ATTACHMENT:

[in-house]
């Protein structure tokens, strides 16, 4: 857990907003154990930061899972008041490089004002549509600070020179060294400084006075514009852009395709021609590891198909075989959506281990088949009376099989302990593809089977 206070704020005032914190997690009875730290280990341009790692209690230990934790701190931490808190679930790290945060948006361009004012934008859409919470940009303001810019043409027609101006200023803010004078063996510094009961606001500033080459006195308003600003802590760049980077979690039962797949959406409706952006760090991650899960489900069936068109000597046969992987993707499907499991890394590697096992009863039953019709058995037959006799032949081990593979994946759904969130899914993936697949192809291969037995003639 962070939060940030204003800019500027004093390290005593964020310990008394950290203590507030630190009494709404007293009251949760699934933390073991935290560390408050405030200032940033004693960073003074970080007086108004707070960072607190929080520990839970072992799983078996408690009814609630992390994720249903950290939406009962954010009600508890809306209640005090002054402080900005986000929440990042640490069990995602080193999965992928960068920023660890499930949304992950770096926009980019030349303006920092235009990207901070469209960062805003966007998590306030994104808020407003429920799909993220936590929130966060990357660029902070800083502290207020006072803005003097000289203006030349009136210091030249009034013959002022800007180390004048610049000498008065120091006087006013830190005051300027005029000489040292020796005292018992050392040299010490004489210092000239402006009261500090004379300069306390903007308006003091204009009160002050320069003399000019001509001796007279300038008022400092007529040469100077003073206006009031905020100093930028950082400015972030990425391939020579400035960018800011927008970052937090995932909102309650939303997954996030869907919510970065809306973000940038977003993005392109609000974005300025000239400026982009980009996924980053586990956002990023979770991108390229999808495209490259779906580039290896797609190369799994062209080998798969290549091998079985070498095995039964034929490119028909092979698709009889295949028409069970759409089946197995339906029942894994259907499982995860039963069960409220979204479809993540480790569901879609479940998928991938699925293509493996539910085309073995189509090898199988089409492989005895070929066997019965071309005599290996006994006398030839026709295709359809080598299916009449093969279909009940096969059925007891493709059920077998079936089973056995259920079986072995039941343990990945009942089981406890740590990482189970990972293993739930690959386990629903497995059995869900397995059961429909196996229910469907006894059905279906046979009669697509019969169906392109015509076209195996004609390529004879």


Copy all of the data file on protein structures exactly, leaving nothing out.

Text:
[in-house]
């Protein structure tokens, strides 16, 4: 857990907003154990930061899972008041490089004002549509600070020179060294400084006075514009852009395709021609590891198909075989959506281990088949009376099989302990593809089977 206070704020005032914190997690009875730290280990341009790692209690230990934790701190931490808190679930790290945060948006361009004012934008859409919470940009303001810019043409027609101006200023803010004078063996510094009961606001500033080459006195308003600003802590760049980077979690039962797949959406409706952006760090991650899960489900069936068109000597046969992987993707499907499991890394590697096992009863039953019709058995037959006799032949081990593979994946759904969130899914993936697949192809291969037995003639 962070939060940030204003800019500027004093390290005593964020310990008394950290203590507030630190009494709404007293009251949760699934933390073991935290560390408050405030200032940033004693960073003074970080007086108004707070960072607190929080520990839970072992799983078996408690009814609630992390994720249903950290939406009962954010009600508890809306209640005090002054402080900005986000929440990042640490069990995602080193999965992928960068920023660890499930949304992950770096926009980019030349303006920092235009990207901070469209960062805003966007998590306030994104808020407003429920799909993220936590929130966060990357660029902070800083502290207020006072803005003097000289203006030349009136210091030249009034013959002022800007180390004048610049000498008065120091006087006013830190005051300027005029000489040292020796005292018992050392040299010490004489210092000239402006009261500090004379300069306390903007308006003091204009009160002050320069003399000019001509001796007279300038008022400092007529040469100077003073206006009031905020100093930028950082400015972030990425391939020579400035960018800011927008970052937090995932909102309650939303997954996030869907919510970065809306973000940038977003993005392109609000974005300025000239400026982009980009996924980053586990956002990023979770991108390229999808495209490259779906580039290896797609190369799994062209080998798969290549091998079985070498095995039964034929490119028909092979698709009889295949028409069970759409089946197995339906029942894994259907499982995860039963069960409220979204479809993540480790569901879609479940998928991938699925293509493996539910085309073995189509090898199988089409492989005895070929066997019965071309005599290996006994006398030839026709295709359809080598299916009449093969279909009940096969059925007891493709059920077998079936089973056995259920079986072995039941343990990945009942089981406890740590990482189970990972293993739930690959386990629903497995059995869900397995059961429909196996229910469907006894059905279906046979009669697509019969169906392109015509076209195996004609390529004879």